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The Detroit Street Drug Trade as a Social Institution

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Makinna Zetty

Anthro 101 Sec 031

Prompt 3

The Detroit Street Drug Trade as a Social Institution

Getting Ghost by Luke Bergmann is an ethnographic novel focusing on the street drug trade in Detroit. Following real individuals, Bergmann shows the humanistic qualities of drug dealers, showing how their lives are shaped by a unique culture unrecognized to those not involved. These people have intimate family ties and a secure living situation, and many depend on the trade for a living. When Bergmann says that the drug trade is a social institution, he means that the people involved form their own social rules, live by a larger community standard, and contribute to the culture of the area in which it’s settled. The trade does have major consequences facing family dynamics, placing drug spots, and going totally incognito, all of which are both effective and dangerous modes of economic practice.

Family dynamics have a huge role and face major consequences amongst those in the drug trade. Many times, there are familial bonds greatly associated with the trade. For example, Ruby is a someone in the novel who has had to deal with close family members taking part in the drug trade, despite her negative views on the subject. She disapproves of her children, other close relatives, and even her significant other Marvin as being part of the drug trade. Everyone in her close family though, Elaine, Marvin, her twins Evie and Elvin, and Dude had taken part in dealing with the drug trade, which ended up bringing together and tearing her life apart (Bergmann 2008: 89-93).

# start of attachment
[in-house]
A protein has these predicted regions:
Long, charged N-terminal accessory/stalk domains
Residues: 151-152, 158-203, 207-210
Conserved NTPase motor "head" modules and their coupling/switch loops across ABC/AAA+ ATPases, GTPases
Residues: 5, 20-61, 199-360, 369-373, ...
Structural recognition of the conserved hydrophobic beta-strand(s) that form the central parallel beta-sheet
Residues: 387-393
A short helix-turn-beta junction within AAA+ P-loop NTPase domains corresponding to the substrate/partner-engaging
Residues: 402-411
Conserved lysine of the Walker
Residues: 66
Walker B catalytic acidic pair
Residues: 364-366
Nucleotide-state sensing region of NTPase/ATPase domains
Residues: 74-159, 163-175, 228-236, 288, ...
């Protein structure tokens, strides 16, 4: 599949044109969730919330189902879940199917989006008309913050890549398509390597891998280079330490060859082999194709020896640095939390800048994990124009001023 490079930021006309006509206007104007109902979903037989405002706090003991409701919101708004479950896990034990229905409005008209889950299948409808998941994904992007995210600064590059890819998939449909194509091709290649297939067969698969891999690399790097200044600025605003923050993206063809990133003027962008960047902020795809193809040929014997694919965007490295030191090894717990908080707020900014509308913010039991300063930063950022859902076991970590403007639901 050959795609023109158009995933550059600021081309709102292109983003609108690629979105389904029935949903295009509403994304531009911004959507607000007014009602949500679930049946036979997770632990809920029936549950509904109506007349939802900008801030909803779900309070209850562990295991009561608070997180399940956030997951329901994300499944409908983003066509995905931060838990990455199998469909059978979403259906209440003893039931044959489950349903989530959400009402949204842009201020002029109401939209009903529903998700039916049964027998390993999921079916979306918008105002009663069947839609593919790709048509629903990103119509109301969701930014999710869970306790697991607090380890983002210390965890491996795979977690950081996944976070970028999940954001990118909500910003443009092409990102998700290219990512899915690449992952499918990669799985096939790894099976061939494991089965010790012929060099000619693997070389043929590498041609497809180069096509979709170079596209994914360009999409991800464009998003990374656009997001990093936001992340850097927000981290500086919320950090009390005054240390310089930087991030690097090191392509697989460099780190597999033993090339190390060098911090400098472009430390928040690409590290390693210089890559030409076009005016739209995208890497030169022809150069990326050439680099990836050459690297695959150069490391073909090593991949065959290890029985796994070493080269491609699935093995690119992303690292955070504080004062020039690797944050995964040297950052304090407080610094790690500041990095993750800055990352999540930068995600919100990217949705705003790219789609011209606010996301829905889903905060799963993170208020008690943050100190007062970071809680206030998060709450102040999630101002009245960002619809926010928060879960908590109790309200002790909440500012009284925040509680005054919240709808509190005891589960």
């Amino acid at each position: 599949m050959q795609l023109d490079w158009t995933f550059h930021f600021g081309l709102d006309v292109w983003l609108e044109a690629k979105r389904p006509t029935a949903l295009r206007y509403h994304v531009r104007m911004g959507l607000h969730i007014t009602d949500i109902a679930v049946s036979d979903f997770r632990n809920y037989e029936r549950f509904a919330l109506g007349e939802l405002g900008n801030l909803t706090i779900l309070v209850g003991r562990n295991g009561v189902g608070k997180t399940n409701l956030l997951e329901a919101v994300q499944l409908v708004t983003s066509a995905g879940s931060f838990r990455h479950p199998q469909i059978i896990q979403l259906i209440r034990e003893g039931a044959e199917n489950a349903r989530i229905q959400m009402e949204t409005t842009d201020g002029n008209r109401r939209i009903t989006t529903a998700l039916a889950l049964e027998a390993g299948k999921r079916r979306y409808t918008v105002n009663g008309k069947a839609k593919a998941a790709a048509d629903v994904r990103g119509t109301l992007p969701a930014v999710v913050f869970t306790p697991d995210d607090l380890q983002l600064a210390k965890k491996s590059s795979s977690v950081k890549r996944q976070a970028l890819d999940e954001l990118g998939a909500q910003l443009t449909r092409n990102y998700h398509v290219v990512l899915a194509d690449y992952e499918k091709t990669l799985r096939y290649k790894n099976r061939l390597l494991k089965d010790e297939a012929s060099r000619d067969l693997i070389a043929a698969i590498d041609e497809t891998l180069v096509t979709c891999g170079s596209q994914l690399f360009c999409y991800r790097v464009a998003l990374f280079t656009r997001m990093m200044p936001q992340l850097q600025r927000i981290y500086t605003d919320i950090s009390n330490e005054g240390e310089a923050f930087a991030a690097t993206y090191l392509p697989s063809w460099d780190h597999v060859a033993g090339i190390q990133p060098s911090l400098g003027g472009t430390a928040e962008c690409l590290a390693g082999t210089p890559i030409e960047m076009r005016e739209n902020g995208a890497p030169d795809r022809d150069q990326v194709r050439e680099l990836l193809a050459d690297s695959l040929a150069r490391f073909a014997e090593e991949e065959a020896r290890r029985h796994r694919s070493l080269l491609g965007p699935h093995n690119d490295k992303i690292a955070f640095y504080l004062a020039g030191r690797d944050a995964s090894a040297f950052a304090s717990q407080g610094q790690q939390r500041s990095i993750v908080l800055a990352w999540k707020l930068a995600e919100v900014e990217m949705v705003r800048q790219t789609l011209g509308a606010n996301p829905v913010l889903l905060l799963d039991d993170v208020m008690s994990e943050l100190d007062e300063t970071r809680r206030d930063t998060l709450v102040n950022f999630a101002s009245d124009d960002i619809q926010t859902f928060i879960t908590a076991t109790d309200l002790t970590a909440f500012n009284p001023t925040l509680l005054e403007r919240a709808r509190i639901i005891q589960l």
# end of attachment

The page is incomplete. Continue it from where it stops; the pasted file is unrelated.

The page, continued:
Felicity is Marvin’s older sister who was involved in the drug trade. She was “killed coming from the store [... and] could only see out of one eye. [...] Some young boy killed her. Asked her to walk to the store with him. They had got into it about some drugs”, as Ruby puts it (89). This really tore Ruby apart as Elaine was like her mentor and took her under her wing. She had died due to an altercation about drugs. I can infer that because she was shot, Elaine must not have followed the social rules of the community and culture surrounding the drug trade. Something she had done must have set this killer off such as crossing over onto another dealer’s territory or refusing to sell her drugs to the killer. Either way, there are rules and consequences associated with the drug trade, showing more of how it’s considered a social institution. If they aren’t followed, then someone gets hurt. The only problem is that Elaine wasn’t the only one hurt in her killing. Ruby was affected greatly as she looked up to Elaine, and I believe that her death helped to justify Ruby’s distaste for the drug trade. This hurt that Ruby feels and how it affects her is a consequence of the social and cultural aspects of the drug trade. Had Elaine not been involved with the drug trade, the pain and consequences would not have followed through. Those in the drug trade have to face these cultural challenges as those who aren’t apart of it don’t.